A CCTV image showing a man walking into the mall brandishing an assault rifle was released by police. He was wearing a dark T-shirt and ear protectors.
Greg Abbott, the Texas governor, said the state stood united in support of the victims and their families.
Various news reports said the ages of victims being treated at hospitals ranged from two to 82 years.
Police probe anti-immigrant manifesto
"The scene was a horrific one," said El Paso Police Chief Greg Allen, who added that many of the injured had life-threatening injuries.
He said police also had found an anti-immigrant manifesto that may have been written by Crusius and posted online - one reason it was being investigated as a hate crime.
"Right now we have a manifesto from this individual that indicates to some degree, it has a nexus to potential hate crime," Mr Allen said.
In the document, the author expressed support for the suspect in the Christchurch mosque shootings, in which 51 people were killed.
Asked during a CNN interview about reports of disturbing online posts made by the suspect, Texas Attorney General Ken Paxton said he would not be surprised in any way.
"I think those can help shed light on why he did it," Paxton said. "They are still interviewing him."
El Paso, a nine-hour drive from the Dallas area, lies on the Rio Grande River that marks the US border with Mexico. It has a population of 680,000, of which 83 percent are of Hispanic descent, according to US census figures.
Mexico's President Andres Manuel Lopez Obrador said three Mexicans were among the dead. Six Mexicans were wounded.
It was the eighth worst mass shooting in modern US history, after the 1984 shooting in San Ysidro that killed 21 people.
Trump reacts to shootings
In his first reaction to the shooting, Donald Trump, the US president, wrote on Twitter: “Terrible shootings in ElPaso, Texas. Reports are very bad, many killed. Working with State and Local authorities, and Law Enforcement. Spoke to Governor to pledge total support of Federal Government. God be with you all!”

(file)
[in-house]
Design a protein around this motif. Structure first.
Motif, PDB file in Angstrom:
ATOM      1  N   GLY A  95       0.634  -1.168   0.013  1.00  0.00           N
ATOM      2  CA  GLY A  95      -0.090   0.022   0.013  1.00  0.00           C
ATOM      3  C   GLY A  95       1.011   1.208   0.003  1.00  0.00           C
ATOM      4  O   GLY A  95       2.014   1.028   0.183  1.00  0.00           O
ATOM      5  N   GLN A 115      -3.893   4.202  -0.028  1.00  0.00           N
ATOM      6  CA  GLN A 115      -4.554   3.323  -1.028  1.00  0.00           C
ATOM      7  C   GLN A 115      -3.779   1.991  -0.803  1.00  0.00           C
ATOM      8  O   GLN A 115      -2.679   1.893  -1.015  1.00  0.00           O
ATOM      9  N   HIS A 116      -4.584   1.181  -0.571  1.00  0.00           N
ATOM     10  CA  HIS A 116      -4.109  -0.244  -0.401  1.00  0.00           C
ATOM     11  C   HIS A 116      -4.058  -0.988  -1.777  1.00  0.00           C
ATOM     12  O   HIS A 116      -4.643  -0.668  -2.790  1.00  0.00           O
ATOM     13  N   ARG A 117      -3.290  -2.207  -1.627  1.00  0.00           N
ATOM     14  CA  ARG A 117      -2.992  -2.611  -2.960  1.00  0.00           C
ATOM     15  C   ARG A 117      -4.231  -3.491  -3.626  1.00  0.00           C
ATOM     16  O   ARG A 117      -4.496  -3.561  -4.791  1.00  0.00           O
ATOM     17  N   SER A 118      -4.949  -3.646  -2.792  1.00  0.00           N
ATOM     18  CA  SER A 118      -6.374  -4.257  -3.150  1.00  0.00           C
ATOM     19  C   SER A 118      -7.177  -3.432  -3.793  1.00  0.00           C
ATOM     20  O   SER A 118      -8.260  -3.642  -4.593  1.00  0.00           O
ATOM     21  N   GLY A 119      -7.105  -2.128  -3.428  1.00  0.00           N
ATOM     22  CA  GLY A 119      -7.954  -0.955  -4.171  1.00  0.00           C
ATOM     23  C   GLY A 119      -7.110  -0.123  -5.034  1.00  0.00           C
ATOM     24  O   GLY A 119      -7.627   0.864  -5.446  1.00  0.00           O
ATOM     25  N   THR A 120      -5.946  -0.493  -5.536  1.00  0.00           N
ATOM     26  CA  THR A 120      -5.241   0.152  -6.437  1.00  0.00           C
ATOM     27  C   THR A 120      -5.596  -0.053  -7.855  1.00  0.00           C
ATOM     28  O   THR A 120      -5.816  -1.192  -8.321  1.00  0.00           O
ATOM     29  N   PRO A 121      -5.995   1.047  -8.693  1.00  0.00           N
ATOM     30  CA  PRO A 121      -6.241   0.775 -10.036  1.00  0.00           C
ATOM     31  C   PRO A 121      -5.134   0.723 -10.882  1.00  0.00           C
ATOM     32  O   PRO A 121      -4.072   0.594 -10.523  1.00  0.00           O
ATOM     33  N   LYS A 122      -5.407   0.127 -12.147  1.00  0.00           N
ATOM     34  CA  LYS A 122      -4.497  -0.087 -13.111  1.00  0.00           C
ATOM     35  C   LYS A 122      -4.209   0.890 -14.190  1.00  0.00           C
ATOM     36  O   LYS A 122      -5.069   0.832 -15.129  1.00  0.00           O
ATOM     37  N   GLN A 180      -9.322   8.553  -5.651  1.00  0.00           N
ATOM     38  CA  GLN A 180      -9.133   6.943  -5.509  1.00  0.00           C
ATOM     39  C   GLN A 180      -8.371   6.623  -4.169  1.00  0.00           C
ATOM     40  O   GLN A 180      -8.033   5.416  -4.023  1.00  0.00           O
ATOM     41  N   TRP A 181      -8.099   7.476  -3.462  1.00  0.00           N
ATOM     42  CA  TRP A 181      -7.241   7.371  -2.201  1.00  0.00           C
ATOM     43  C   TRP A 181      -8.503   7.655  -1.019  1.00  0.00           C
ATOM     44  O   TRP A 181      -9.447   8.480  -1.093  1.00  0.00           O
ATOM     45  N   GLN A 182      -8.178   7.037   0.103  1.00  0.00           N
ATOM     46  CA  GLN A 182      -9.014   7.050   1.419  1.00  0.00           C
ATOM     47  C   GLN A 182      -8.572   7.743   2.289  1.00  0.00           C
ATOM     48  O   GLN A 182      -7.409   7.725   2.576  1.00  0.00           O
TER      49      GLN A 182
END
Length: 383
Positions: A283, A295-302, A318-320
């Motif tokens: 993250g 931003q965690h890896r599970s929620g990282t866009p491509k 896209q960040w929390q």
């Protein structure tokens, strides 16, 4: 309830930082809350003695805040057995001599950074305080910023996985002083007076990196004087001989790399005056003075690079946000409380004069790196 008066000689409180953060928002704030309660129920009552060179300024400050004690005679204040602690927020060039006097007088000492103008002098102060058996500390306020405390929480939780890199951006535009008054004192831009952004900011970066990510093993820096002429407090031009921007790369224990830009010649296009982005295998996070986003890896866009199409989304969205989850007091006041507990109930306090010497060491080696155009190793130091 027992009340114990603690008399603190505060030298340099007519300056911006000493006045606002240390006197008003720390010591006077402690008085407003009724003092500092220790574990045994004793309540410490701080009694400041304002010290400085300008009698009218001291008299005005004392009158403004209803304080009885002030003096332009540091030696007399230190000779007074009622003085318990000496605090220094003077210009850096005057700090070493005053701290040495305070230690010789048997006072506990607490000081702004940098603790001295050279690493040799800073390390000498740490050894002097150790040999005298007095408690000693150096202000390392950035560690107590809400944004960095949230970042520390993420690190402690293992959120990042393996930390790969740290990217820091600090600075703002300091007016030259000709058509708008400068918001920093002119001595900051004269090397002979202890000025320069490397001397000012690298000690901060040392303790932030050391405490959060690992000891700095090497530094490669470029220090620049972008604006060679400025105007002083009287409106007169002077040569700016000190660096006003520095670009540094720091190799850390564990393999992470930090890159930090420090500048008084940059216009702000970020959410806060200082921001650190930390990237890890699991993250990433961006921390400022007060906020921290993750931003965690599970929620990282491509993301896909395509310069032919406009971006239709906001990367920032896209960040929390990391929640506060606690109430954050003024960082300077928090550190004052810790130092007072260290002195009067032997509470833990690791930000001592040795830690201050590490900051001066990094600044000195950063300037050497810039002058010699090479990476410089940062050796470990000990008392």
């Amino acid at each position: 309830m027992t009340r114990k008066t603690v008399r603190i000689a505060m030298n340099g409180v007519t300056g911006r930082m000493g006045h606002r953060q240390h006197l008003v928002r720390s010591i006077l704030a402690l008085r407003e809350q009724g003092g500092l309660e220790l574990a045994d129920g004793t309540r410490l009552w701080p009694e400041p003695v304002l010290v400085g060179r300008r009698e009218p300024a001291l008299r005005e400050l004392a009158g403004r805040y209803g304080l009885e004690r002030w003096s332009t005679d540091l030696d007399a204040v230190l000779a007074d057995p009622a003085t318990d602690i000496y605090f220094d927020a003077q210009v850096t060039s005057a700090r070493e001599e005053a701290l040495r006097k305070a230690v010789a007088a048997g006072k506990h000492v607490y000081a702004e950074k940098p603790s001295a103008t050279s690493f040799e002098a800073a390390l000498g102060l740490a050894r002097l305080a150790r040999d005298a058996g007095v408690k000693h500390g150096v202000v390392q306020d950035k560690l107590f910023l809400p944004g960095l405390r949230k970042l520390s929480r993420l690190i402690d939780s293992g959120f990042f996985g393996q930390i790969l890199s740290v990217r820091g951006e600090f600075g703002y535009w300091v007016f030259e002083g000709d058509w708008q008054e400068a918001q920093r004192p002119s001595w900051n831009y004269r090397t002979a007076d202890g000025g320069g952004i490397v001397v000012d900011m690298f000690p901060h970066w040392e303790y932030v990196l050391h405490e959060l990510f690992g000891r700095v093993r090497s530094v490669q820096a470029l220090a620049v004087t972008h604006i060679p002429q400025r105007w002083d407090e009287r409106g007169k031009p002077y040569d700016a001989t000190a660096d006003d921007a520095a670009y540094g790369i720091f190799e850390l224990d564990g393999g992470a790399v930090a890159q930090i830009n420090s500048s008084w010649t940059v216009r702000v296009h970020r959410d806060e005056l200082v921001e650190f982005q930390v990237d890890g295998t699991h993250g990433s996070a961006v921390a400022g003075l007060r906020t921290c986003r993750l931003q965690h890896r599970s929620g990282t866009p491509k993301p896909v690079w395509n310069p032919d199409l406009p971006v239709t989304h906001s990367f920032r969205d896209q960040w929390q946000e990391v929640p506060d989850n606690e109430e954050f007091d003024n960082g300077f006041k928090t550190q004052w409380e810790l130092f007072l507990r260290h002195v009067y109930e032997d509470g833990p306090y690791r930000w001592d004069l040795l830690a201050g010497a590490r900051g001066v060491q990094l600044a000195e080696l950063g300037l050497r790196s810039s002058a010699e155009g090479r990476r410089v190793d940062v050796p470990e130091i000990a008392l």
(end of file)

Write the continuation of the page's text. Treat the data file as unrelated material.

He later called the attack "an act of cowardice".
Today’s shooting in El Paso, Texas, was not only tragic, it was an act of cowardice. I know that I stand with everyone in this Country to condemn today’s hateful act. There are no reasons or excuses that will ever justify killing innocent people....— Donald J. Trump (@realDonaldTrump) August 4, 2019
"Melania and I send our heartfelt thoughts and prayers to the great people of Texas."
It was initially reported that a man began shooting in the car park at the mall before moving inside.
One witness said he saw at least one person inside the store with a fatal head wound, and he saw shoppers in bloodied clothes.
Videos posted on social media showed customers at one store being evacuated with their hands up.
“We heard shots and saw smoke,” said Victor Gamboa, 18, who works at the McDonald’s inside the Walmart store where the shooting took place.
“I saw a man on the floor full of blood. He appeared to be dead. It happened very quickly.”
Returning to Washington from his golf club in Bedminster, New Jersey, Mr Trump promised action would be taken.
“A lot of things are being done right now as we speak.," said the US president.
"We have to get it stopped this has been going on for years, years and years in our country we have to get it stopped.
"A lot of things are in the works, a lot of good things."
'He was just shooting randomly'
Shoppers fled for their lives, including Kianna Long who was at the Walmart with her husband when they heard gunfire.
"People were panicking and running," Ms Long said. "They were running close to the floor, people were dropping on the floor."
She and her husband sprinted through a stock room at the back of the store before sheltering with other customers in a steel container in a shipping area.
“Hands up! Hands up!”— ABC News (@ABC) August 4, 2019
Videos show people being evacuated from the Cielo Vista Mall in El Paso, Texas amid the mass shooting at a Walmart that killed at least 20 people and left more than two dozen others injured. https://t.co/WG7XeQua9npic.twitter.com/tyuatkD2up
One woman, who gave her name as Vanessa, said she had just pulled into the Walmart parking lot when the shooting began.